(Previously in the "On the Spot" series: E.J. Manuel.)
In his storied career as head coach of the Nebraska Cornhuskers, Tom Osborne cemented himself as one of the best offensive tacticians ever. Few could match Dr. Tom when it came to dialing up the perfect play at the perfect time.
Now, his call to push Nebraska to move to a new league is playing out like a well-timed option pass.
Look at the state of the league's perennial powers:
- Iowa took a clear step back in 2010;
- Michigan's rebuilding (again);
- Ohio State... Well...
Wisconsin appears to be the class of the conference's legacy programs, and the Baders are replacing their quarterback and two first-round draft picks in offensive tackle Gabe Carimi and defensive end J.J. Watt.
The conference title is there for the taking in NU's first year as a member.
However, in conjunction with Nebraska's first official day as a member of the Big Ten, ESPN College Football Live ran a segment on Friday's show breaking down the pickle that the Cornhuskers' defense is in this season. As analyst Andre Ware explained, after all those years in the spread-heavy Big 12, NU is taking up residence in the blackest and bluest conference in the country. The beefy boys from Wisconsin and Ohio State and Iowa like to ground and pound. More fullbacks and double-tight sets; fewer jitterbugs in the slot.
Bo Pelini and his brother Carl, NU's defensive coordinator, arrived back at Nebraska as head coach in 2008 in the middle of the golden age of the spread. Upstarts like Missouri and Texas Tech were going five wide and operating out of the shotgun on the regular in an effort to force the big boys to keep up. Traditional powers Oklahoma and Texas had decided to follow suit and were putting up huge offensive numbers.
Bo and Carl caught up pretty quickly. NU got off to a rocky start in Pelini's first season, as the 'Huskers allowed an average of 28 points per game, ranking 81st in the country. In the last two years, the Blackshirts were back. In both 2009 and 2010, the 'Huskers finished in the top 10 nationally in scoring defense and yards allowed per play.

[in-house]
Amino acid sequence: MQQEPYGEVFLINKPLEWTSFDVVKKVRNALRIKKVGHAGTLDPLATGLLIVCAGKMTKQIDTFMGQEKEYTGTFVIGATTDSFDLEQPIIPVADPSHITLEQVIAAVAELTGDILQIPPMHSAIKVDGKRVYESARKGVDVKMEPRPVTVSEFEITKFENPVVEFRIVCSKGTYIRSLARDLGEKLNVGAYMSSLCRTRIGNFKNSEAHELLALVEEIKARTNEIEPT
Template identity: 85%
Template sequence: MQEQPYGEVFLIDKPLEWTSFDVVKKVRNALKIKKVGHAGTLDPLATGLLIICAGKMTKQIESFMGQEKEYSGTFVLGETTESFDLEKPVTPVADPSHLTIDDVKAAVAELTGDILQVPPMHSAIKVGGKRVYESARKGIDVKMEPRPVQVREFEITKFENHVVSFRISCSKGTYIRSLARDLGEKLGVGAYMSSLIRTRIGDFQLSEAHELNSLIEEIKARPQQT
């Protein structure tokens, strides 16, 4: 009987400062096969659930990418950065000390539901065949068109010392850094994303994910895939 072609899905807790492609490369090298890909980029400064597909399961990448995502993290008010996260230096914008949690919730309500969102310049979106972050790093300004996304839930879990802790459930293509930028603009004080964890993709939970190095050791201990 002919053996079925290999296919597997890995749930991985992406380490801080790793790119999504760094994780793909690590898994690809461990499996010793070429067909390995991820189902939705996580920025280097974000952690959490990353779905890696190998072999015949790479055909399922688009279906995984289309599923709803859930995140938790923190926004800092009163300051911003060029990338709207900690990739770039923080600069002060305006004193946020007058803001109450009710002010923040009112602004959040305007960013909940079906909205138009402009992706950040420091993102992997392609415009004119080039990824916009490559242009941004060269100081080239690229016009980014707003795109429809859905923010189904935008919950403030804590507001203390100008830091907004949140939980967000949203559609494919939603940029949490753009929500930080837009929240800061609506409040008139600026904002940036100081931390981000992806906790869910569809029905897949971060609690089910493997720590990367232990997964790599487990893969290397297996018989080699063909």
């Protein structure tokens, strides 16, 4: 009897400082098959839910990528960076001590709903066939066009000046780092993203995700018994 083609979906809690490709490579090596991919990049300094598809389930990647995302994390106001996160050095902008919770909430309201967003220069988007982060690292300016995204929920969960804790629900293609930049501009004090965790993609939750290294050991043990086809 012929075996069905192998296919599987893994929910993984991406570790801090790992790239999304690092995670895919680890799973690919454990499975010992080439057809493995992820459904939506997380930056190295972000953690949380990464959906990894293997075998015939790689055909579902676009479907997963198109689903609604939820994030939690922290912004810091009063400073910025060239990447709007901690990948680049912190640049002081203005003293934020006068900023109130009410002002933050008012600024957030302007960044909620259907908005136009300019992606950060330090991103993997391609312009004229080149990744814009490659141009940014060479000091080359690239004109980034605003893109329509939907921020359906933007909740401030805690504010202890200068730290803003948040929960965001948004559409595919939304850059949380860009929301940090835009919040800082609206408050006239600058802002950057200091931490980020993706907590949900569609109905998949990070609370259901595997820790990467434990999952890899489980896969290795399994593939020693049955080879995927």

It obviously helps to have bad dudes like tongue-twisters Ndamukong Suh and Prince Amukamara on your side when you're trying to build one of the best defenses in the country. Even so, the Pelinis put plenty of their own ingenuity to work to combat the conference's high-octane offenses.
The Pelinis' most significant adjustment was the implementation of the "peso" defense, mixing a conventional 4-3 base set and a 4-2-5 scheme. Essentially, the 'Huskers used a hybrid linebacker-safety who would flex between positions. I'll let Carl explain:
"... It's still a 4-3, but you just have a little smaller WILL linebacker in there. Rather than saying, OK, try to take three linebackers and adjust it to one-back sets, we'd rather take a nickel package and adjust it to the bigger sets."
The peso is the kind of invention born out of the necessity of facing some of the best offenses in the nation every week in conference play. Now, all due respect, Big Ten, but let's be honest – you just don't do offense all that well. The prospect of matching wits with guys like Jay Paterno isn't keeping defensive coordinators up at night.
For the Pelinis, not having to prepare for a variety of complex spread schemes on a week-to-week basis should make for a refreshing change of pace.
NU can't afford for the D to slip up, either. Last year, the Cornhuskers' offense failed to show up in plenty of games. The passing game was competent, at best, for the entire season, and now. Meanwhile, NU's sometimes explosive option attack loses leading rusher Roy Helu, and speedy but slight quarterback Taylor Martinez struggled to stay healthy in '10. (Then there's T-Magic's seemingly tenuous relationship with his head coach.) Factor in the loss of dangerous wideout Niles Paul and three new starters on the line, and just matching last year's uneven performance will be a win.
As such, the Pelinis have to get the 'Huskers ready to rock on defense. Luckily for Big Red, they've done this before.